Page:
Why Work/Life Balance Is Important for Millennial Engagement and How to Improve It
Apr 11, 2018 | Employee Benefits Communication|
Millennial engagement and career fulfillment begins with the employer and ends with the employee. If a position does not offer an employee the favorable factor(s) of work and life balance, most millennials tend to look elsewhere.
A 2016 Forbes article discusses a study done by Deloitte that states 16.8% of millennials value good work and life balance when deciding on a job. This study also states that 11% find flexibility with scheduling and workspaces important. Once the millennial prospect finds a job that offers a more progressive position that places importance on work/life balance, they are more likely to stay at that job past the typical one-year mark.
Yes, the dreaded one-year mark, the short period of time a millennial stays with a job before they get bored or just plain sick and tired and run off to a newer, more millennial-driven company, costing you $15,000 to $25,000 according to Beyond.com. It is up to the upper management and HR professionals to provide unique methods to emphasize work/life balance that makes sense for both parties. We millennials aren’t looking for frequent days off or over-the-top company outings, we just want to be understood.
So, here are some ways to improve your work/life balance approaches in your workplace to assist with millennial engagement.
Mental Health Days for Millennial Engagement
Everyone, from time to time, needs a day off to reboot and avoid burnout. Millennial engagement is dependent on how employees are taking care of themselves and if you have an office full of overworked, overtired staff, work will not be done efficiently. After a certain time spent working at your company, give each employee a limit of mental health days per month. This will show employees that you care about their well-being and understand the struggles of everyday life.
Use ‘Flextime’ Scheduling
This option may not work for all workplaces but it is a great way to offer the flexibility millennials look for in a job. Whether you base workweeks on a total amount of hours per week or solely on project/work completion, you can make schedules less mundane and more conducive to millennial engagement. Let employees pick their hours; maybe they want to work a half day on Monday but will come in to work a 10-hour shift on Tuesday to make up for the hours lost. If it’s based on work completion, allow employees to change their work schedule based on how quickly they get the work done. These options will allow employees to not feel trapped in the normal 9 to 5 schedule.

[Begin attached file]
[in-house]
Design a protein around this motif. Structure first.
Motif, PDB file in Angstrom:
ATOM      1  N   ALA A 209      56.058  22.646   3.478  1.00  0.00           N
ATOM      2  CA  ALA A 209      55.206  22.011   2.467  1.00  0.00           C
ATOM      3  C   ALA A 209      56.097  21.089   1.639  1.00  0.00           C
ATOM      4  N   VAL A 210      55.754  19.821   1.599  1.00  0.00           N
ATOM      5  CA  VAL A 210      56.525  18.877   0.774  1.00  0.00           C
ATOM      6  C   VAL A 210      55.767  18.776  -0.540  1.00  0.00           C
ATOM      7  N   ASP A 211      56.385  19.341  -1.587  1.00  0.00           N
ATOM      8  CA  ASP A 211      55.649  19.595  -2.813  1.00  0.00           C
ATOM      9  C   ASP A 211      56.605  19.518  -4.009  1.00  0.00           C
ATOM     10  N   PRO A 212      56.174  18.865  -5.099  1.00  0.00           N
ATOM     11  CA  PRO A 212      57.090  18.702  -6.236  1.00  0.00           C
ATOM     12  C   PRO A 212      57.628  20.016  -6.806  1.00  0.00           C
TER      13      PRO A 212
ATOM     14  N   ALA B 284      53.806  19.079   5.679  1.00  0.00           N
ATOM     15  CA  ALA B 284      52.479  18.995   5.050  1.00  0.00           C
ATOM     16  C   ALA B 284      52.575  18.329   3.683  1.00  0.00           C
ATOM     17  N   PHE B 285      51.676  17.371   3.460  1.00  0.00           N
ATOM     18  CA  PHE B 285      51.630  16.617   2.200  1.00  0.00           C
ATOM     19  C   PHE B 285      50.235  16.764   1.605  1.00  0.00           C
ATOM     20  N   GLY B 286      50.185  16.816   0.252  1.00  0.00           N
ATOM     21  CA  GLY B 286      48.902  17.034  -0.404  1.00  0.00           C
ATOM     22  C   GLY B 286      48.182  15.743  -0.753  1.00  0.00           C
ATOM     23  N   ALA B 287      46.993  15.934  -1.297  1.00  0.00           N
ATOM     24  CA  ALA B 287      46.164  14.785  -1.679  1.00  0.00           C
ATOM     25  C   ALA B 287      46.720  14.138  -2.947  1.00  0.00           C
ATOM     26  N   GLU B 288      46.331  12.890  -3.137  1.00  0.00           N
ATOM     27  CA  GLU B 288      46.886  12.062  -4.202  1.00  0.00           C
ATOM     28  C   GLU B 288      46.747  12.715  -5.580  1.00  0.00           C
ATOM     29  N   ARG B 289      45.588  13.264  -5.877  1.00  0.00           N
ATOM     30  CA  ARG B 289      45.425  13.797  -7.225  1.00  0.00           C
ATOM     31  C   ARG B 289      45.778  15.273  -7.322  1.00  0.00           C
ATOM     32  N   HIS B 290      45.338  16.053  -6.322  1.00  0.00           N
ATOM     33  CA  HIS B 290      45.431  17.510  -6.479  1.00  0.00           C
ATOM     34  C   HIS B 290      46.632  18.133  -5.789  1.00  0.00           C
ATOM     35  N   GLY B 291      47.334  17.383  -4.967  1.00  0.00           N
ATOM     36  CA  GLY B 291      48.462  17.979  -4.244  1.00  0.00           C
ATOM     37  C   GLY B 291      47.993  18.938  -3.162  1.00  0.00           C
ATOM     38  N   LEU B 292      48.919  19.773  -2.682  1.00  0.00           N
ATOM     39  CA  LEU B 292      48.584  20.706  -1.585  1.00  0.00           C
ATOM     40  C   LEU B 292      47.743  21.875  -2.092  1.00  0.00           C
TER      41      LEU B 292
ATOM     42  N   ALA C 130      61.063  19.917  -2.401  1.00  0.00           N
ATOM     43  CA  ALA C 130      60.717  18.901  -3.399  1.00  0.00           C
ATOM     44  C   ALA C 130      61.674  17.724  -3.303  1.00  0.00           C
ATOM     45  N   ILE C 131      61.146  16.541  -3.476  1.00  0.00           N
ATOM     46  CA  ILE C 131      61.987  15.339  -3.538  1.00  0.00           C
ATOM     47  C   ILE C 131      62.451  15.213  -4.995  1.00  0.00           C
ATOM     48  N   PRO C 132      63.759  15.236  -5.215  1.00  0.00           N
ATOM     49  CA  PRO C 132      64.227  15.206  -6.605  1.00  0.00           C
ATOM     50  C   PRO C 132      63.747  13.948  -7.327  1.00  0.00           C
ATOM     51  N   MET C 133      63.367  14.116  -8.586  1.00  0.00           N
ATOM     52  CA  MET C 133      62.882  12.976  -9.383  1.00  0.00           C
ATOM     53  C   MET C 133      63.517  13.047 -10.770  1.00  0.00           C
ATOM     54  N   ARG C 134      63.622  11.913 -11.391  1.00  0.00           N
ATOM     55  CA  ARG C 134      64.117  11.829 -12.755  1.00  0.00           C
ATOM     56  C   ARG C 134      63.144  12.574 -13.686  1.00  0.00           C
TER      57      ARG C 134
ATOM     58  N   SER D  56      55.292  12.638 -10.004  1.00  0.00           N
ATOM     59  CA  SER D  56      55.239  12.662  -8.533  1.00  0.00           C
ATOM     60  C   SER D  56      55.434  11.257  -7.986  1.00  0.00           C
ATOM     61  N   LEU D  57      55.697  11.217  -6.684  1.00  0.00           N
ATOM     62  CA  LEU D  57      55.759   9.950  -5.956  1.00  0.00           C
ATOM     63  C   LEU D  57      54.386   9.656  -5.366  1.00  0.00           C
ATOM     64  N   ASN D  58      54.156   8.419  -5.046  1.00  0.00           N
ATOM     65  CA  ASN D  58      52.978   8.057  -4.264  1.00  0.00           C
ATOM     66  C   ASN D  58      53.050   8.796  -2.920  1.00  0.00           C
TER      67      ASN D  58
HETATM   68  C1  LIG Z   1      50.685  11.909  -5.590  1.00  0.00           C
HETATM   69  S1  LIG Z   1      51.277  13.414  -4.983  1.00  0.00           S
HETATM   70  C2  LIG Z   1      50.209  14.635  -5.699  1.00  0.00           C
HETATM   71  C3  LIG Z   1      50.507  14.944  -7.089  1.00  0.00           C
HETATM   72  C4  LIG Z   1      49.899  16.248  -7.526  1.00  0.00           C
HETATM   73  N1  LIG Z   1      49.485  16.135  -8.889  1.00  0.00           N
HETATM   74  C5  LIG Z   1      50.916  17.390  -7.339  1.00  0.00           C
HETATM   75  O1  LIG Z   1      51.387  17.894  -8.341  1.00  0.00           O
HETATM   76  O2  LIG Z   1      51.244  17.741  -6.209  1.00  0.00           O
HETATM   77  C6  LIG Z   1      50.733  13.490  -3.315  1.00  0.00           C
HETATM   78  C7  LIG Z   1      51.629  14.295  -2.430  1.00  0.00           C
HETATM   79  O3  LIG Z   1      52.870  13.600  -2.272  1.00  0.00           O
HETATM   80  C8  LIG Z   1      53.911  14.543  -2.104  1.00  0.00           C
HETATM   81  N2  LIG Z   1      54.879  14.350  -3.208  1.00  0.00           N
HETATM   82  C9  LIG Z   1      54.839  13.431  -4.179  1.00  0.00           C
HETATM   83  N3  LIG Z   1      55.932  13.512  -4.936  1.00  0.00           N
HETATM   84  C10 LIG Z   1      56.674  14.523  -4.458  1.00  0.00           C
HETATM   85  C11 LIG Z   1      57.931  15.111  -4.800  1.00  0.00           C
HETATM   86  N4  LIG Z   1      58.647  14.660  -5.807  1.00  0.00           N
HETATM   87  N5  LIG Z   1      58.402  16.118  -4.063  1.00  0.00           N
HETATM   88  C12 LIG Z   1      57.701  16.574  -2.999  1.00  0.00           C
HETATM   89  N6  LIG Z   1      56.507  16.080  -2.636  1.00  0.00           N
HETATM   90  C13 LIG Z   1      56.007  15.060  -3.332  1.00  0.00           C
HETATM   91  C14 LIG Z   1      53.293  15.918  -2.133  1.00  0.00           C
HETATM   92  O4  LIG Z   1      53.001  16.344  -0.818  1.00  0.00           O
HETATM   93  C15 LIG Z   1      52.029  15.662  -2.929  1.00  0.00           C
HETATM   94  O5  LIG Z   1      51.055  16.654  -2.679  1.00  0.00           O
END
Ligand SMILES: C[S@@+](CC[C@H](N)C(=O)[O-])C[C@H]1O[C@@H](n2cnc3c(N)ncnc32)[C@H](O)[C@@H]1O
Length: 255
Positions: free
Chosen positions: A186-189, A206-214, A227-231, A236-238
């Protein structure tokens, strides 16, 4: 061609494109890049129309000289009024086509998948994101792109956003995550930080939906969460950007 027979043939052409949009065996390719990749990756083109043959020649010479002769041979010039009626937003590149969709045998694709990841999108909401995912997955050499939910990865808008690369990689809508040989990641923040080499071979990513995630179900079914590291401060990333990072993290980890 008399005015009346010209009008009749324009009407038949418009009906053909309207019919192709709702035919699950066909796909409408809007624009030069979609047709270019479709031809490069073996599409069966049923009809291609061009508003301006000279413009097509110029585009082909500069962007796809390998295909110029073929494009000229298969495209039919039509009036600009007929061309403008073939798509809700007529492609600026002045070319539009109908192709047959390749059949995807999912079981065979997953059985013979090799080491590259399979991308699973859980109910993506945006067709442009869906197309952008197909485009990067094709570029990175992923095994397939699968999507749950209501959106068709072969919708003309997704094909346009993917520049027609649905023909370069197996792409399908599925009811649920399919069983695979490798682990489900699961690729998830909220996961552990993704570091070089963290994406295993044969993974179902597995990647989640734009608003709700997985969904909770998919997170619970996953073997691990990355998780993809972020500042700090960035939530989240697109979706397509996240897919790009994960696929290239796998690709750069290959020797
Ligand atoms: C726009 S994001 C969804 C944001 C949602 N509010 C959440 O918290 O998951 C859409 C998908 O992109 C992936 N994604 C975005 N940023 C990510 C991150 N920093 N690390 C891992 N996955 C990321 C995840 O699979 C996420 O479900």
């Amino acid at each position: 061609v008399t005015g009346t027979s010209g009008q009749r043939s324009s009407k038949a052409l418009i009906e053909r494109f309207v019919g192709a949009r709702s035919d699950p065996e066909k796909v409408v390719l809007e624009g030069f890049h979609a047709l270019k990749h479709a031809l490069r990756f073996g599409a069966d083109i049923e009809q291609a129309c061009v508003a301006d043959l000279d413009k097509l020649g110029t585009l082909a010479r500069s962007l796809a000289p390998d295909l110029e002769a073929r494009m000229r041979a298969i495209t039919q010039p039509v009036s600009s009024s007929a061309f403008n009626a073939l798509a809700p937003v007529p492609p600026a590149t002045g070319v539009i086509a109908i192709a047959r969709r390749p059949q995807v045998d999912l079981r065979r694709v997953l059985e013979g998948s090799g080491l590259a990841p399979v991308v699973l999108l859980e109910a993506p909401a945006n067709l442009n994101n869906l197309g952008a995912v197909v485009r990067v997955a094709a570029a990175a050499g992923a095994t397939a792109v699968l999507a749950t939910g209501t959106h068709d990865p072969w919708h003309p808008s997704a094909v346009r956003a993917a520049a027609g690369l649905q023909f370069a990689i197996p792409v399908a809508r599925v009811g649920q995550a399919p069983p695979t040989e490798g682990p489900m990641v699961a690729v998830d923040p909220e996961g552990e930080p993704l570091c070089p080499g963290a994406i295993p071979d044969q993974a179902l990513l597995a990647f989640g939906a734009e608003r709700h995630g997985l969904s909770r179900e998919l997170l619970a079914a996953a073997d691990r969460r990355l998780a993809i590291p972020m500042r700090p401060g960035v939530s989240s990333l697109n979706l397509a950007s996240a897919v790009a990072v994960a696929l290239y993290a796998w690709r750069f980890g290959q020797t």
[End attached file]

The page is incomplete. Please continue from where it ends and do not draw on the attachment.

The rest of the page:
Encourage the Work Smarter, Not Harder Mindset
Throw out time fillers, the busy work that wastes time and productivity. Prioritize important tasks and delegate as needed; this will put emphasis on the biggest projects so they are completed in a more efficient, creative way. When you focus more on innovation and less on small, not-so-important tasks, millennial engagement increases and their sense of importance in their role is heightened.
Promote Health Options
Millennials tend to be more health- and fitness-focused than other generations. They typically use fitness as a way to control stress and stay physically healthy from the inside, out. When your company offers a complimentary gym membership or nutritional services, this makes our ears perk up! Even if only a discount is offered, millennials will take advantage of this feature especially if it is something they can use during and after work. Workplaces want their employees to be well and avoid taking too many sick days, so this option is a good way to keep their employees motivated and energized, lessening their chances of burning out or becoming ill.
Now you see, millennial engagement is not going to increase by offering longer vacations or sending us on long-winded company trips – it is all about what happens in the office. Remember that employees have other things going on outside of work and give mental health days. Try out flextime scheduling to see how millennial engagement changes. Give efficient rather than time-consuming tasks that aren’t priority. Focus on fitness and health to boost productivity and happiness in the workplace. All of these can create major change in your company culture and build withstanding relationships between employees and their higher-ups, thus keeping a strong, long-lasting team!